SF Ballet’s spotlights stories, current voices, rarely seen works

In 2025, San Francisco Ballet will present the local premiere of San Francisco Ballet Artistic Director Tamara Rojo's “Raymonda,” pictured in a 2022 English National Ballet presentation. (Courtesy Johan Persson/ArenaPAL)

San Francisco Ballet will present seven programs, including the company premiere of Kenneth MacMillan’s “Manon,” the North American premiere of Akram Khan’s “Dust” and Artistic Director Tamara Rojo’s adaptation of Marius Petipa’s “Raymonda,” when its 92nd season opens on Dec. 6. 

“In 2025, San Francisco Ballet will explore a range of choreographic and artistic styles and deliver profound human connections through dance — from seduction to heartbreak, and from stories of conflict to gothic science fiction,” Rojo said. 

On April 16, Rojo announced the 2024-25 season, which kicks off with the 20th anniversary presentation of Helgi Tomasson’s San Francisco-set “Nutcracker” (Dec. 6-29). The company, which in 1944 became the first in America to stage a full-length production of the holiday favorite, will reprise a performance of the ballet for neuro-diverse audiences on Dec. 29.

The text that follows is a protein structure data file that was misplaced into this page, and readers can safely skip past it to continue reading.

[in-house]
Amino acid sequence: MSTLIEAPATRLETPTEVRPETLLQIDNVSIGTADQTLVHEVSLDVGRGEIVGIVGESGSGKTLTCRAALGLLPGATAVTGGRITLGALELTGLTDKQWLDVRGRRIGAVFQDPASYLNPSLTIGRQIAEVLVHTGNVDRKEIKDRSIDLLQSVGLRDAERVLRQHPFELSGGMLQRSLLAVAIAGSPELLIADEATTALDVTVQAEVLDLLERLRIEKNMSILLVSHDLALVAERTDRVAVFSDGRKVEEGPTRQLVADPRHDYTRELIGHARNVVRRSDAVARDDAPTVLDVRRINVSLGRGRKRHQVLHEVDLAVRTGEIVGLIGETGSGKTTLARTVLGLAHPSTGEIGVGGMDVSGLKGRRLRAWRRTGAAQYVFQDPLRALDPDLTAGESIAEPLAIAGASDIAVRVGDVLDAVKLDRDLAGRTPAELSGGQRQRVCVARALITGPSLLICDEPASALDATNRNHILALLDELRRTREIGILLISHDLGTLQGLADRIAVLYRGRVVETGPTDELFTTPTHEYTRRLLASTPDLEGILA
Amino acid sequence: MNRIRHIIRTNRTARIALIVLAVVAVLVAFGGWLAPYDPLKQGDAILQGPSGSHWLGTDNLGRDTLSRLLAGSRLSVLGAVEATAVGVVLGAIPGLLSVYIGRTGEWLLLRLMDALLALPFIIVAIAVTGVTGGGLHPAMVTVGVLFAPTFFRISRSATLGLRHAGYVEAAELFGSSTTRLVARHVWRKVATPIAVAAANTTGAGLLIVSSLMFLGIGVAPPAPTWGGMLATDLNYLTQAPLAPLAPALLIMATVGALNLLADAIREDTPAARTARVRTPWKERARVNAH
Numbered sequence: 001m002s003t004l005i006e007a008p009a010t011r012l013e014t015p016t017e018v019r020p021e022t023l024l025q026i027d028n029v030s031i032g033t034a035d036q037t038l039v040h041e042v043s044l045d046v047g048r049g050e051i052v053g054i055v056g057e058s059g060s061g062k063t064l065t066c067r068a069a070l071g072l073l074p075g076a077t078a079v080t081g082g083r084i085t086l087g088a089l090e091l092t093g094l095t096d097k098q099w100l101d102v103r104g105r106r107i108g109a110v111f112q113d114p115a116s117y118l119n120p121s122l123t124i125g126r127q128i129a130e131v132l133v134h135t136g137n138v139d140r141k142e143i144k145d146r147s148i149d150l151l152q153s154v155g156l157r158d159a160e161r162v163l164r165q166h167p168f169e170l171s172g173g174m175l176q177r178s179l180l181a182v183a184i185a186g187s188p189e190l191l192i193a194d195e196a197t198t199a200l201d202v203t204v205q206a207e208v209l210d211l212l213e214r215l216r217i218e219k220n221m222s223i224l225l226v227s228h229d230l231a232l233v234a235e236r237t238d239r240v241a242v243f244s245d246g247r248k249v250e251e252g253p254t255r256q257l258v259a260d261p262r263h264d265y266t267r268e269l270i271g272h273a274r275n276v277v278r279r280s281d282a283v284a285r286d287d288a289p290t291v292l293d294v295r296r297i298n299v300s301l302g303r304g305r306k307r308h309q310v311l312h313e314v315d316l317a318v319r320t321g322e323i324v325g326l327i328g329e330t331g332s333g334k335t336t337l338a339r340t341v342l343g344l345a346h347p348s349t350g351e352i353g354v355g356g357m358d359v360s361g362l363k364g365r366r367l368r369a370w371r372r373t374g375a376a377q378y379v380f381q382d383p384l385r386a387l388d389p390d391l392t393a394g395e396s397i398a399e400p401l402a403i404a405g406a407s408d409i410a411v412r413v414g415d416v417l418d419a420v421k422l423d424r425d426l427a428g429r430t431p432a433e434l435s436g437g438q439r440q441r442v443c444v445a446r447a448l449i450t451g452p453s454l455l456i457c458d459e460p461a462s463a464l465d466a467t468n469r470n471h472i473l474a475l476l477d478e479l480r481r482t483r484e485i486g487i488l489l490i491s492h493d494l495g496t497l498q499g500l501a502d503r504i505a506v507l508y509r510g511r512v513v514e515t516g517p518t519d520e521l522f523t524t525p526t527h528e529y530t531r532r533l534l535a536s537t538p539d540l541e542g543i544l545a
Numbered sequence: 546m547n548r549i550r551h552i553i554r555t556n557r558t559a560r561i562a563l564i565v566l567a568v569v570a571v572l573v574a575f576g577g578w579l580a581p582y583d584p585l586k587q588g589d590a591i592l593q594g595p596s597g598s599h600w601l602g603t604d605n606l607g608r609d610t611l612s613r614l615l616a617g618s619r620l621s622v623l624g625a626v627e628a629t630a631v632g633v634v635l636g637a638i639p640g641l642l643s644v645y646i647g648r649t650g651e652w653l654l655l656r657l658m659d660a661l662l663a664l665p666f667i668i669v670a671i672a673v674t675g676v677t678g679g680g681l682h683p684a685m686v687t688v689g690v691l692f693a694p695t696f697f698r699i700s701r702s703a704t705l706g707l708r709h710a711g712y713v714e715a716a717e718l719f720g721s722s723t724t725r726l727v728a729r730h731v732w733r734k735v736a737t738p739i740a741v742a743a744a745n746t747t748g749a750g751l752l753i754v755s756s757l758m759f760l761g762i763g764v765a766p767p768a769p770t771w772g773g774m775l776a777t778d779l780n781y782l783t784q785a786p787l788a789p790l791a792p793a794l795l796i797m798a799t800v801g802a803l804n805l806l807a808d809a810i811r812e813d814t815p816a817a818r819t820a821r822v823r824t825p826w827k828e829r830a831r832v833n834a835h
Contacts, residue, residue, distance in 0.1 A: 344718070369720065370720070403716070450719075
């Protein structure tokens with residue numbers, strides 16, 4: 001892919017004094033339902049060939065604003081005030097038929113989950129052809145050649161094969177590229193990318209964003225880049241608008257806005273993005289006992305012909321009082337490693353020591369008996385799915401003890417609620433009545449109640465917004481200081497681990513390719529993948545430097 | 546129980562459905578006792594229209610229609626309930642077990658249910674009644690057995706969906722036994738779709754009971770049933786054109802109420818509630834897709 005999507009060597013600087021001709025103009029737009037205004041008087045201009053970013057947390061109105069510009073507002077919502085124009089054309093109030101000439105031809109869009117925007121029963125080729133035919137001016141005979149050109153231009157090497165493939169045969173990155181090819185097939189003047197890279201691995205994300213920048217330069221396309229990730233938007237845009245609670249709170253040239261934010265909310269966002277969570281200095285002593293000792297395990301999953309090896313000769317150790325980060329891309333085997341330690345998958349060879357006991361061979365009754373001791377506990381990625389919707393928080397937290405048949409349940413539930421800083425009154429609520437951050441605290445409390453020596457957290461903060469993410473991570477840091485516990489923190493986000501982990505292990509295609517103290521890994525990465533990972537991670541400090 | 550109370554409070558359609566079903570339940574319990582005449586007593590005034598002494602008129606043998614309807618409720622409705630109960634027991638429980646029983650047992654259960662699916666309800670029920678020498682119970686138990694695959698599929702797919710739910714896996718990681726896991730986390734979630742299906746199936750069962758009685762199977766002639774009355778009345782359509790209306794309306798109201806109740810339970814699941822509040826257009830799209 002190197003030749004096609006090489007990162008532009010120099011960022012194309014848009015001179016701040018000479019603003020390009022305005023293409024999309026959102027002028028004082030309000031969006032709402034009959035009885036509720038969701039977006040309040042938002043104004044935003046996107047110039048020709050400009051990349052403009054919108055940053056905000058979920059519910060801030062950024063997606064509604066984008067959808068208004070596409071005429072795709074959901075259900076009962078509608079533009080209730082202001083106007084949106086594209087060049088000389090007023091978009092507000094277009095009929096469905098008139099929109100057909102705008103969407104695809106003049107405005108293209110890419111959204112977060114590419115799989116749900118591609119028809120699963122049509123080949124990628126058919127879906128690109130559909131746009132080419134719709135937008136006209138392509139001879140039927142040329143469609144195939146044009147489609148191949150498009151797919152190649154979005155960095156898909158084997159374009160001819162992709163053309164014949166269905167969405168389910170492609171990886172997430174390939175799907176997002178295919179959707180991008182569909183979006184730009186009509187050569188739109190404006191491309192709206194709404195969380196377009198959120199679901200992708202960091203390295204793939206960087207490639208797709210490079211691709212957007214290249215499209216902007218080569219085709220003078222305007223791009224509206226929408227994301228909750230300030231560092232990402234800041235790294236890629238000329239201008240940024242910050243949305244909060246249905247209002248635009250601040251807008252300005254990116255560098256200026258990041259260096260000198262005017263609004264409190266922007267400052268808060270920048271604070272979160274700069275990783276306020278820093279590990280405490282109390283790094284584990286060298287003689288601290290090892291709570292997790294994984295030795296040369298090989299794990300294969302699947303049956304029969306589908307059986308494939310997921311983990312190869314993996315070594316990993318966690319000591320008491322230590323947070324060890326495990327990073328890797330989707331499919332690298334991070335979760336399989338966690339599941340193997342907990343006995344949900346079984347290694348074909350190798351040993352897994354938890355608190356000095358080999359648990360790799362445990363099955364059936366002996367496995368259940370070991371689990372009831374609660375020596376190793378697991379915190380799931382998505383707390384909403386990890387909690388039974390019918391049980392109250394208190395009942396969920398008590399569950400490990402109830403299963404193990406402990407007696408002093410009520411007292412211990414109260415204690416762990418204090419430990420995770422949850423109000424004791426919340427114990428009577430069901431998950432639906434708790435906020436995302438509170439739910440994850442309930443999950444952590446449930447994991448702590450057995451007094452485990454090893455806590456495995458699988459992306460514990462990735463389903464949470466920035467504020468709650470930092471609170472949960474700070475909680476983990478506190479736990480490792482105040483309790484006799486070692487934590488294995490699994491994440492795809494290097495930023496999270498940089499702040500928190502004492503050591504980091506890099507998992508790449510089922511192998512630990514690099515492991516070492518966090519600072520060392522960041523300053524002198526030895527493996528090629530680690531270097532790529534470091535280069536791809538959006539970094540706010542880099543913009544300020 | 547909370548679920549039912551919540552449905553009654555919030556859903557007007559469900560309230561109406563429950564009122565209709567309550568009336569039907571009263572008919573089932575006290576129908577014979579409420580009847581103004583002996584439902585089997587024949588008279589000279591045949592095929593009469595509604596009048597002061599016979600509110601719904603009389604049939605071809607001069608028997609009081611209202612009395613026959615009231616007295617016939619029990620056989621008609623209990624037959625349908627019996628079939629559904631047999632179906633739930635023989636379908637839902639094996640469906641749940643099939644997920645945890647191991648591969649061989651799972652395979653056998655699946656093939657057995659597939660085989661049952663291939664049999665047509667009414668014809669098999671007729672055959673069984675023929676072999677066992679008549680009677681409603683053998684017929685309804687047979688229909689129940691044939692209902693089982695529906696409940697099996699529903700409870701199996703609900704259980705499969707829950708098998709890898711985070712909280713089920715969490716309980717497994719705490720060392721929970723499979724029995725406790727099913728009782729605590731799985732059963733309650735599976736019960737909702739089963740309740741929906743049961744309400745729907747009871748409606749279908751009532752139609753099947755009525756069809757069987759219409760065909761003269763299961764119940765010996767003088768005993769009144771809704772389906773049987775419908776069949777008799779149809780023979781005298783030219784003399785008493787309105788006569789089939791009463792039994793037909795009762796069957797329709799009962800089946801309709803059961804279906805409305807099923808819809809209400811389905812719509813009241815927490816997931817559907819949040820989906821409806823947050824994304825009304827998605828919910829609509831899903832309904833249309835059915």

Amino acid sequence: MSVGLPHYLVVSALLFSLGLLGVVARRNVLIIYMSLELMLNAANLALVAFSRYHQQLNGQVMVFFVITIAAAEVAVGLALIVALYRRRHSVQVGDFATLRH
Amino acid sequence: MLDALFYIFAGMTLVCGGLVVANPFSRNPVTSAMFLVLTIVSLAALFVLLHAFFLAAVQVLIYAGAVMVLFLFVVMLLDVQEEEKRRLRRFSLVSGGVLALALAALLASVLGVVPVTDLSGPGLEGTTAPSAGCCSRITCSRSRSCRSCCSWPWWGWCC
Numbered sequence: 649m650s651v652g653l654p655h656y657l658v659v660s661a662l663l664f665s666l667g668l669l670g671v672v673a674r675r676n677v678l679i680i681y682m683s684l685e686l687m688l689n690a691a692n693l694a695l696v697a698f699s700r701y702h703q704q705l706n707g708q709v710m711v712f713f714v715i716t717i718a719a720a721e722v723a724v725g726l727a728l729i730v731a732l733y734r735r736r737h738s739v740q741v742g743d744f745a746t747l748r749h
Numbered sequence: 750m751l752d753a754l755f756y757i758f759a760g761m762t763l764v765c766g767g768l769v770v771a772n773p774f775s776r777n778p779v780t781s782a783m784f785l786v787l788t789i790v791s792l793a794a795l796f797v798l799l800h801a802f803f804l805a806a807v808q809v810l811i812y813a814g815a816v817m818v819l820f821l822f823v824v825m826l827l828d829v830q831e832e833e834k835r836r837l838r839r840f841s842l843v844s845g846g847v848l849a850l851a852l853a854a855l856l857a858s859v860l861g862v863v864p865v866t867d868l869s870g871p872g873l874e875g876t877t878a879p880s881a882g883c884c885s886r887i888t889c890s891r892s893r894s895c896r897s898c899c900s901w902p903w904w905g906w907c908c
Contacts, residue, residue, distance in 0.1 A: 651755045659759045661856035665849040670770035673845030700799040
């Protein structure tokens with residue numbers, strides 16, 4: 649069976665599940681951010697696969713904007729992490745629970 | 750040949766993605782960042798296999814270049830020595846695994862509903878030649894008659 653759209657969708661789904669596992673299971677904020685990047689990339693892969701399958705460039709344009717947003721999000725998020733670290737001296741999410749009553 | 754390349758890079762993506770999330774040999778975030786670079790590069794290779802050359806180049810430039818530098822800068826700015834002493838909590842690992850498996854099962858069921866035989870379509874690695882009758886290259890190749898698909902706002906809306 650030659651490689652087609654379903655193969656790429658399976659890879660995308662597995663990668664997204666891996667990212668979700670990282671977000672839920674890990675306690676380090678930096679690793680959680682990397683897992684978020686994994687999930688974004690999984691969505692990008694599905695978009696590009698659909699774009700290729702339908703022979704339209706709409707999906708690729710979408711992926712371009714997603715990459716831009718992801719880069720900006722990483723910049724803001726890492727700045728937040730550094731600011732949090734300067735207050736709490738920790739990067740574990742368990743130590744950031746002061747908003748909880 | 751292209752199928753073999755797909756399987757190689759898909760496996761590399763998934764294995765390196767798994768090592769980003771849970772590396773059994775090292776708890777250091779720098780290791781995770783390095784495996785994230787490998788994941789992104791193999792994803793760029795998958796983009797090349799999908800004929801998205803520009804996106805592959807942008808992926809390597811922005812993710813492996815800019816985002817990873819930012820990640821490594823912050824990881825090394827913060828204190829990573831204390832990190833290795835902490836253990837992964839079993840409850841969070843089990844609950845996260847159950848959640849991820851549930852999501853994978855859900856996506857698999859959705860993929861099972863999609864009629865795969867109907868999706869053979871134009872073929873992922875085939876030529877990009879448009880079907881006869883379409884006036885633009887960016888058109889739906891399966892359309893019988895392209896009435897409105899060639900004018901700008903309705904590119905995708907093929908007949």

Before the season opens at the War Memorial Opera House, the troupe will make its first tour since 2019 with a visit to Madrid’s Teatro Real for eight performances of Tomasson’s “Swan Lake” from Oct. 15-22.  

“Returning to my home country of Spain with San Francisco Ballet is a dream come true, and I am simply thrilled to present ‘Swan Lake’ in Madrid and at the beautiful Teatro Real,” Rojo said. “I am especially excited and proud to present the extraordinary dancers of this great company in this fantastic production of ‘Swan Lake’ to the discerning audiences of Spain.” 

The upcoming repertory season begins with an opening night gala on Jan. 22, 2025. (Details to be announced.) The local premiere of MacMillan’s “Manon” (Jan. 24-Feb. 1) marks the second time the company is staging a piece by the giant of British ballet, following “Song of the Earth” this season. 

Marianela Nuñez is pictured in The Royal Ballet’s 2024 production of Kenneth MacMillan’s “Manon,” which will be staged by San Francisco Ballet in 2025. (Photo by Foteini Christofilopoulou/Courtesy Royal Ballet)